Thanks to what has come to be known as Quantitative Easing, the Bank of England (BoE) has become directly involved in government debt on a much larger scale and over a longer time period than before. According to the NIESR in their May 2015 Economic Review , since the Bank of England began purchasing government securities in March 2009, the government’s Debt Management Office (DMO) has raised more than £1,037 billion in cash by issuing debt “with a nominal value of £994 billion to the market.” If we assume that interest rates would have been at least 50 basis points higher, argue the NIESR authors, the DMO would have had to issue £70bn more in gilts to raise the same amount of cash.
Furthermore, the “forgone coupon payments on this unissued debt would have stood at £33bn over the life of the bonds” – a direct and additional saving to the fiscal authority. But these are underestimates as there are second-round effects. Thanks to QE the government has saved on further principal and coupon payments into the future – “because the principal and coupon payments on the (£70bn) unissued bonds would have been financed, for a given level of tax income, with new borrowing.” (My emphasis)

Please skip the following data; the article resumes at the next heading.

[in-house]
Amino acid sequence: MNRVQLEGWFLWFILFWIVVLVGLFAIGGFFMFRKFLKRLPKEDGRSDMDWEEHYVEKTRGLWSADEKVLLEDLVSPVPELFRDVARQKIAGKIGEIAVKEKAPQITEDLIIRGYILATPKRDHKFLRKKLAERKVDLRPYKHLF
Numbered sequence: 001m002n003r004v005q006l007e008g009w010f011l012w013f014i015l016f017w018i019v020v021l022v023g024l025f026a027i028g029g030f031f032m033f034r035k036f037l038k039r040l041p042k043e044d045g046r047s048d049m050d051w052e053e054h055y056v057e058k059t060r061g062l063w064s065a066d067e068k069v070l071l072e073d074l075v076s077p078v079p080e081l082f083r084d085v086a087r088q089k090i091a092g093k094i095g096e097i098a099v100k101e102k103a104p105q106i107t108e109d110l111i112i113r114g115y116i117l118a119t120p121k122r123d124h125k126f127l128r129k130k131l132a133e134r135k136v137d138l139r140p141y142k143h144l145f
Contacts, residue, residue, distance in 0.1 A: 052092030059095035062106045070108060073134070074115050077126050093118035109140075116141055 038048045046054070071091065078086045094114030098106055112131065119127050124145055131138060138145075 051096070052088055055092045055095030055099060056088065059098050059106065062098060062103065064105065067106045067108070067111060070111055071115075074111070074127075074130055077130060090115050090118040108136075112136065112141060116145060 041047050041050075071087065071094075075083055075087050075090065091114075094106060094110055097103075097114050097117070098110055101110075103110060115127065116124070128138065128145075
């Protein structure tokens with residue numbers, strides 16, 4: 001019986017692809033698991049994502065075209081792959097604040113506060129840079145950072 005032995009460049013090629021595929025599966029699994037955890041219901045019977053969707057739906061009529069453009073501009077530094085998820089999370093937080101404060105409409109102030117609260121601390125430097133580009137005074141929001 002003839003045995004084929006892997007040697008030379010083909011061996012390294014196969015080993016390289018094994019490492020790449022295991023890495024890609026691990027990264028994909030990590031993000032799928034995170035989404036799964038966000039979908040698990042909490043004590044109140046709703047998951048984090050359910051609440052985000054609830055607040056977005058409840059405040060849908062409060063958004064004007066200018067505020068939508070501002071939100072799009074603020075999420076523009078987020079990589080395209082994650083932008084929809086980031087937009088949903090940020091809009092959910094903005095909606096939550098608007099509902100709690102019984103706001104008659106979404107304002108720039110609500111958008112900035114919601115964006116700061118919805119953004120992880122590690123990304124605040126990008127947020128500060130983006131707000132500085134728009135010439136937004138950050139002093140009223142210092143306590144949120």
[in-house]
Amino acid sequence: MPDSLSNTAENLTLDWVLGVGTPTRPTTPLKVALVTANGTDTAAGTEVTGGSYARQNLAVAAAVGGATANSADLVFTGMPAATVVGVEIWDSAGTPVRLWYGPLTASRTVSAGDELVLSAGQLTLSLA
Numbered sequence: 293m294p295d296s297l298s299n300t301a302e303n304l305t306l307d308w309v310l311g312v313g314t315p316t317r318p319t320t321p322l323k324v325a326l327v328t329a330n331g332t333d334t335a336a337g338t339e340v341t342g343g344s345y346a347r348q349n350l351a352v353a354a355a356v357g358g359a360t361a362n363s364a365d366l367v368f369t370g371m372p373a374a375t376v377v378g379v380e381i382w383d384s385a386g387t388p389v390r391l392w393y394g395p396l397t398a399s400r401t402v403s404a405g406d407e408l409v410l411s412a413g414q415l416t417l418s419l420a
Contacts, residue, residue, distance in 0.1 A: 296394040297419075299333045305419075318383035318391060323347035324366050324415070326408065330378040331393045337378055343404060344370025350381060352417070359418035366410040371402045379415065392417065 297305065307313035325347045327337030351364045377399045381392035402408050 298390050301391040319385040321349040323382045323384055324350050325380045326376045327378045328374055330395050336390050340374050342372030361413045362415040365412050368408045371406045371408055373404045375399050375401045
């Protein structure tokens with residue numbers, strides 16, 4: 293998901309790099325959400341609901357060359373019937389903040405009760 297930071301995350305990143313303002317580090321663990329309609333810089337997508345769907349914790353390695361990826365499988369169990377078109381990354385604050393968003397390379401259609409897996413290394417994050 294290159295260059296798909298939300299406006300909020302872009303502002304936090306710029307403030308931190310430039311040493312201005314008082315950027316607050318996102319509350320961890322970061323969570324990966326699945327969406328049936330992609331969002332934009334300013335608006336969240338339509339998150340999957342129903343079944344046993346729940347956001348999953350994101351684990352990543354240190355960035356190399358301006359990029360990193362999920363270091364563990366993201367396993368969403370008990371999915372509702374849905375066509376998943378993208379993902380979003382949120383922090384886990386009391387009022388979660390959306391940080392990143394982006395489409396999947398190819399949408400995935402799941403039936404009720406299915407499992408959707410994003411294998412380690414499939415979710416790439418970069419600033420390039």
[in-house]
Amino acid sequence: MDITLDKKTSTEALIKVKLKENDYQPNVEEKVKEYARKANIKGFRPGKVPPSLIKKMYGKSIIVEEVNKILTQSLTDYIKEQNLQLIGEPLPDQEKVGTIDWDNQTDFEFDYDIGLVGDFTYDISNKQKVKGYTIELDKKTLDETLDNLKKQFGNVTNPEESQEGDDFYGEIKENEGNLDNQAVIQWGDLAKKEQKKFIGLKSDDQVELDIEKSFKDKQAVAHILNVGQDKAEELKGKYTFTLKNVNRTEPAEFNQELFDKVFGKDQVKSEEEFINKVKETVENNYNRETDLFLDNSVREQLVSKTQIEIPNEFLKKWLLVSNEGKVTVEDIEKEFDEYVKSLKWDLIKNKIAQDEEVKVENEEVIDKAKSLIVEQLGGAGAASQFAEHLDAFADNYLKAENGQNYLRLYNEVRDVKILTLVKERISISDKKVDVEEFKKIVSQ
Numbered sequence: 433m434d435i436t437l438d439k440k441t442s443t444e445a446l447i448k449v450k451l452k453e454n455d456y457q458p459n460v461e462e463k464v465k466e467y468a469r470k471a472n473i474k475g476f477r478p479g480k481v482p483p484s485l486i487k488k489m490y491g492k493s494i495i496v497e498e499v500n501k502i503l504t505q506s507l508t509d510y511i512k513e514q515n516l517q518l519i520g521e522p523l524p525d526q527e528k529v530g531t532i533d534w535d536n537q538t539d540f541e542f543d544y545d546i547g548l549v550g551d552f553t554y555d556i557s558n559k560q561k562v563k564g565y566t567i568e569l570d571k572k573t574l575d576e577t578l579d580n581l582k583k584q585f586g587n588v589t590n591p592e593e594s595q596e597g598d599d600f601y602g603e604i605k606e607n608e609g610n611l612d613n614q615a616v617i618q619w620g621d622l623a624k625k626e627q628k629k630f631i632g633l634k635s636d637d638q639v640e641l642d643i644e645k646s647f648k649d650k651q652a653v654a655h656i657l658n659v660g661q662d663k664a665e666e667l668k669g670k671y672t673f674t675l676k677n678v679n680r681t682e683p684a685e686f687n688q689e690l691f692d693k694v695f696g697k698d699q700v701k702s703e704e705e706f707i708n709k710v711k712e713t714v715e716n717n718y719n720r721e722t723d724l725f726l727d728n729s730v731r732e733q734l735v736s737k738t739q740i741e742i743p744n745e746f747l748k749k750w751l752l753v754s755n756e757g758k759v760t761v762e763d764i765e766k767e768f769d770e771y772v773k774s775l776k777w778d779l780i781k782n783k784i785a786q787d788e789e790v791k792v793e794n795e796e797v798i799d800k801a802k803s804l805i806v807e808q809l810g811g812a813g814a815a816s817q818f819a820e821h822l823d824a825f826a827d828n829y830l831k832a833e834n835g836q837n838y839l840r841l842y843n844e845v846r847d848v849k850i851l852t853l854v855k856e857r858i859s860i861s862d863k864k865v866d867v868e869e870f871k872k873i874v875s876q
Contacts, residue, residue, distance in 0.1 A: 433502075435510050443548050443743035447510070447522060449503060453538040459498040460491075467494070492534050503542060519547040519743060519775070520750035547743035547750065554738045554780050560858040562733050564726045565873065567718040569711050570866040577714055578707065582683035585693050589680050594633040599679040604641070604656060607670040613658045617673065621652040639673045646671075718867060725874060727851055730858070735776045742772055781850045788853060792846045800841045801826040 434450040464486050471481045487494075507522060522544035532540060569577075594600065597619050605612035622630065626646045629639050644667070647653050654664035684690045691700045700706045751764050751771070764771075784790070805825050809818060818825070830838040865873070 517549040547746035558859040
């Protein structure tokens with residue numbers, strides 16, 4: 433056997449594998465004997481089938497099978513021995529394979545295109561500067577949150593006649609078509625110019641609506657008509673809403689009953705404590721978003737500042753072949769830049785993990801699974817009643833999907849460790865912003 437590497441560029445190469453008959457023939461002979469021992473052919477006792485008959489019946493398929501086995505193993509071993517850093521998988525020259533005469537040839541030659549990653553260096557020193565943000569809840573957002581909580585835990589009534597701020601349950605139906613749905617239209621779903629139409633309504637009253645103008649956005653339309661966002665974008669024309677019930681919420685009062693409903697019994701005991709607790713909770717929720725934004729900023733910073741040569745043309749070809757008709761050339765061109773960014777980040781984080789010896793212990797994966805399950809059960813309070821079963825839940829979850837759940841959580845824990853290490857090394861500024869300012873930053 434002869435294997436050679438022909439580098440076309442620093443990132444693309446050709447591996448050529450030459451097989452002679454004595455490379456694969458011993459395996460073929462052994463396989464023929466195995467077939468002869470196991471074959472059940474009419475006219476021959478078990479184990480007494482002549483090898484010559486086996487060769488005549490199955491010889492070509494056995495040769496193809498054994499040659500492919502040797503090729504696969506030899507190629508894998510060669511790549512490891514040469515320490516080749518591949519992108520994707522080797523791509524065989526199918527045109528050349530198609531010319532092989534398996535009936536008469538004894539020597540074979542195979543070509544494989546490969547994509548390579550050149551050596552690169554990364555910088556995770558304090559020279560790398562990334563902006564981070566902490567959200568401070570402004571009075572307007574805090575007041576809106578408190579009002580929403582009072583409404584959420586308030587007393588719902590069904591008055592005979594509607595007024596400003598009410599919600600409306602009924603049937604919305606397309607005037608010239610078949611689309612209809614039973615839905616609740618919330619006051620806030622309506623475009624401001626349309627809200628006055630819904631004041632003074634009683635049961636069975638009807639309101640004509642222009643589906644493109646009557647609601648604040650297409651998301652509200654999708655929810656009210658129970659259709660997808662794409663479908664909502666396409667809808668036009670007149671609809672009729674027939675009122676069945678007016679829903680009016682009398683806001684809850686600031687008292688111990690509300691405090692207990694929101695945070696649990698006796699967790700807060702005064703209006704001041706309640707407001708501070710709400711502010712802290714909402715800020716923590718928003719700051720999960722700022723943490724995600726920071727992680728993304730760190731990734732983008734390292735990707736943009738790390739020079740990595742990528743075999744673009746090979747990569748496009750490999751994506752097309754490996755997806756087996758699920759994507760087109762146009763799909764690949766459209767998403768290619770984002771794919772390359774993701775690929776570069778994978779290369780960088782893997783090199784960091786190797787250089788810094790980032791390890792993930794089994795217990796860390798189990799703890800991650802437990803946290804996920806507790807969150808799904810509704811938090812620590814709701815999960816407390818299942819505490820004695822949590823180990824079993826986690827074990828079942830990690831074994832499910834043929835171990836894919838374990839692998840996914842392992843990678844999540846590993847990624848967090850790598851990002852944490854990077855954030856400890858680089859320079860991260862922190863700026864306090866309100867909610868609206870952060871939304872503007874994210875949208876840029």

When the BoE began purchasing government securities from private debt markets in 2009, the government was obliged to pay interest on those securities to the Bank – just as it would have done to any private bondholder.
However in November, 2012 – worried about his failure to constrain public borrowing and debt – the Chancellor decided that the sums paid over to the BoE would be recycled back to the Treasury, on a regular basis. This was a handy windfall to cut the government’s Central Government Net Cash Requirement (CGNR). As a result, the government needs to borrow less. Fewer bond issues imply lower debt service payments for future generations.
While “radical” monetary policy has proved extraordinarily helpful to the Chancellor, it has done little to help him achieve his own public debt and borrowing reduction goals.